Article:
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FORUMS Post Processing, Marketing & Presenting Photos RAW, Post Processing & Printing 
Thread started 30 Dec 2017 (Saturday) 11:35
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Lightroom + PS Workflow Help

 
maranelloboy05
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Dec 30, 2017 11:35 |  #1

Hi all, wondering if someone can help me with some workflow issues I'm running into between LR and PS. I used to shoot mainly automotive where I basically exclusively used LR and I'm now shooting a lot more fashion/beauty photography. This switch has caused me to rely more heavily on PS and I'm running into some issues. At present my workflow is below:

1. Edit RAW in LR
2. Edit In PS - Spot Healing, Background Tweak, Liquify Tweaks
3. Save to LR

The issue I'm running into is that I can no longer make any adjustments once I'm back in LR without losing all of my Photoshop tweaks. I believe this is how these features are supposed to work, but not sure if there's a better way to do things. Should I do my PS work first and then do RAW edits to the TIFF that comes back into LR? How much of that RAW editing is preserved in that TIFF. Anyone have a better way to do things?

I have a hard time imagining it'd be that hard for Adobe to be able to preserve the adjustments in LR and PS through the process, but there's got to be a way they did it this way.

Thanks!


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Alveric
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Post edited 3 months ago by Alveric.
     
Dec 30, 2017 12:31 |  #2

You need to work on the TIFF that comes back from PS.

When I used to use LR, I did notice that some LR adjustments, like lens profile corrections, sometimes did not carry over to PS, and I had to apply them again to the returning TIFF. You might want to check if this is still an issue.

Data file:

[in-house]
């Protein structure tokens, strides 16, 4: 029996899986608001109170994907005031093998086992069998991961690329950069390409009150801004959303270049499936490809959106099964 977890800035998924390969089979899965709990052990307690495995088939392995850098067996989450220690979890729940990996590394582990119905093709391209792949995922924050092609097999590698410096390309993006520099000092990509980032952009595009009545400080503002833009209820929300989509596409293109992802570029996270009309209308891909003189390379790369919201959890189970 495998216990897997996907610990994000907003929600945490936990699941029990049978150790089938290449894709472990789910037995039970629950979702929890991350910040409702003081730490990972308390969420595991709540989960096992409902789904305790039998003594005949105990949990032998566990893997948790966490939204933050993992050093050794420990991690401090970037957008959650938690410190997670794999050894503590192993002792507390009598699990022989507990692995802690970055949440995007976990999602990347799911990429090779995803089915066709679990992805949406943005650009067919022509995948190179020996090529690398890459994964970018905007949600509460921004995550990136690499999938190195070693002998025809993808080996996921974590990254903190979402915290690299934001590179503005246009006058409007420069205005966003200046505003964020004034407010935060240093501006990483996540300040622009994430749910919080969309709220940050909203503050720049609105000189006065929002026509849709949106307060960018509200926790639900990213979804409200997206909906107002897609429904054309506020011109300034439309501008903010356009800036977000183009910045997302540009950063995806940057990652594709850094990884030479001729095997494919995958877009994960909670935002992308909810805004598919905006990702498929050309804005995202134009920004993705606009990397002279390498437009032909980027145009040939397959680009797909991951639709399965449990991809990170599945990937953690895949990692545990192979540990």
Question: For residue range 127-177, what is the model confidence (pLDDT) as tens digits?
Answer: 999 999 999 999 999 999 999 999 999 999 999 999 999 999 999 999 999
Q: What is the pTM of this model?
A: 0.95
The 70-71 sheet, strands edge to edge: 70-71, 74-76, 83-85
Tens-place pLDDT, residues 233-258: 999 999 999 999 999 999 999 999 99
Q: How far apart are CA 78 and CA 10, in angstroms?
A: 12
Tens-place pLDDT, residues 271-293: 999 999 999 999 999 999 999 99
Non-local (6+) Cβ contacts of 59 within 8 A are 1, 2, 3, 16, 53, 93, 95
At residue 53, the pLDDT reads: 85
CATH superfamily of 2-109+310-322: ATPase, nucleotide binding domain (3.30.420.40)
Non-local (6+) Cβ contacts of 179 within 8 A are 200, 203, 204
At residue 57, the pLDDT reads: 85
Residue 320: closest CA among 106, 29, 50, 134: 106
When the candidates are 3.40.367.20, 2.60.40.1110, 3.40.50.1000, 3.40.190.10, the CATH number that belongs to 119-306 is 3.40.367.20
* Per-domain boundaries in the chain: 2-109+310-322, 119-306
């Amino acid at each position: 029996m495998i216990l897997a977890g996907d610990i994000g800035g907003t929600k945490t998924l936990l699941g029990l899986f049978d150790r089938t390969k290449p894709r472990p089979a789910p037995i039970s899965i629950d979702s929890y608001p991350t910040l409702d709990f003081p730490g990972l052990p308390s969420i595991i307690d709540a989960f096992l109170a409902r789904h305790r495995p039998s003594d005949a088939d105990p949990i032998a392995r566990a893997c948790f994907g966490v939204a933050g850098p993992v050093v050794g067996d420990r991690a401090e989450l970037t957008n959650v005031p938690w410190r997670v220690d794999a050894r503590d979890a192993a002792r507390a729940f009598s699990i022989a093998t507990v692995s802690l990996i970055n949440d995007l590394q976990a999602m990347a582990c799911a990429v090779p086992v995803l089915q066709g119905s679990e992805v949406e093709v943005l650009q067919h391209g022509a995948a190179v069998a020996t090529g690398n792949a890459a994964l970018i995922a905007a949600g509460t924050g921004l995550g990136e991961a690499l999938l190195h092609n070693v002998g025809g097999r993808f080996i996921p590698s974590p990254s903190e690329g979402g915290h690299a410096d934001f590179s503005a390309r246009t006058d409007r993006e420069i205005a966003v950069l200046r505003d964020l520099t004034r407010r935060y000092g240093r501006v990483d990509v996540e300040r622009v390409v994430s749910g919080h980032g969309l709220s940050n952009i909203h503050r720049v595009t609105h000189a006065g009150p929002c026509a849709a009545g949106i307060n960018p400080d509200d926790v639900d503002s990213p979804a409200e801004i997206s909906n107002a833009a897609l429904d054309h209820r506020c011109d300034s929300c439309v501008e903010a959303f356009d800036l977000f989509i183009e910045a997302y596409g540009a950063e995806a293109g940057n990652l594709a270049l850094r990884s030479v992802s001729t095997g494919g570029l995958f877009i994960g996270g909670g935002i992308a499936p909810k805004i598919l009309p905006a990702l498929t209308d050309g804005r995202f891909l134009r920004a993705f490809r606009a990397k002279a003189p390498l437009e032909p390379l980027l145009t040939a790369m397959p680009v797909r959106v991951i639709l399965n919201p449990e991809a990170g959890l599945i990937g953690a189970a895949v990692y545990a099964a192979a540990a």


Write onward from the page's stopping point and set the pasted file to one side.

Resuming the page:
FWIW, I'd do as much as I can in LR before sending the file over to PS, so that what you do in PS are final adjustments, and the TIFF that is sent back is only accessed by LR for the purposes of indexing, keywording, and JPEG output, not further edits.


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BigAl007
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Dec 30, 2017 12:36 |  #3

When you open the image into Ps the image is changed from linear RAW sensel values, to RGB pixels values, with things like the white balance and curves baked in. So you should always do all of the exposure and colour corrections, as well as any other adjustments you need from the RAW data before you send the image for editing in any other program, or even Lr plug ins like the Nik collection. In all of these situations you stop working with RAW data.

Once you have converted to RGB there is no way that you can go back to the RAW data in Lr and make changes that will affect the RGB version. The only option you have if you really need to make a change to the RAW in Lr is to start over with a new RGB conversion.

If you do find that you need to make changes at the RAW level in your images you do have the option of opening it in Ps as a Smart Object. If you edit as a SO it embeds a full copy of the RAW in the resulting file, allowing you to open the RAW data in ACR to make your adjustments there. This tends to have a significant effect on the file size for your resultant TIFF/PSD. You will also need to maintain all of your layers too. It is possible I suppose to reduce the image to merge all of the additional layers, just leaving that layer, and the original SO layer at the bottom. Doing this though I would expect would make saving the SO pointless, as changing the SO layer will normally need additional changes in other specific layers.

If you are not too worried about storage space then working in 16 bit, and using ProPhotoRGB, is going to allow you to use the editing tools that are available for working with RGB images in Lr to work at their optimum. Lr will convert the image to 16 bit ProPhotoRGB internally during editing anyway, so this minimises any potential conversion errors. This is what I do, but I'm not doing that much in Ps, probably only 3% of my images end up in Ps.

One thing that I do often do to images that I have round tripped to Ps is my monochrome conversion. I do it this way for two reasons, using a VC is a simple way to have both versions. The other is that the Lr/ACR channel mixing offers the most channels, and I just like the way it looks better afterwards. I actually even prefer it over Silver efex.

Alan


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digital ­ paradise
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Dec 30, 2017 13:06 |  #4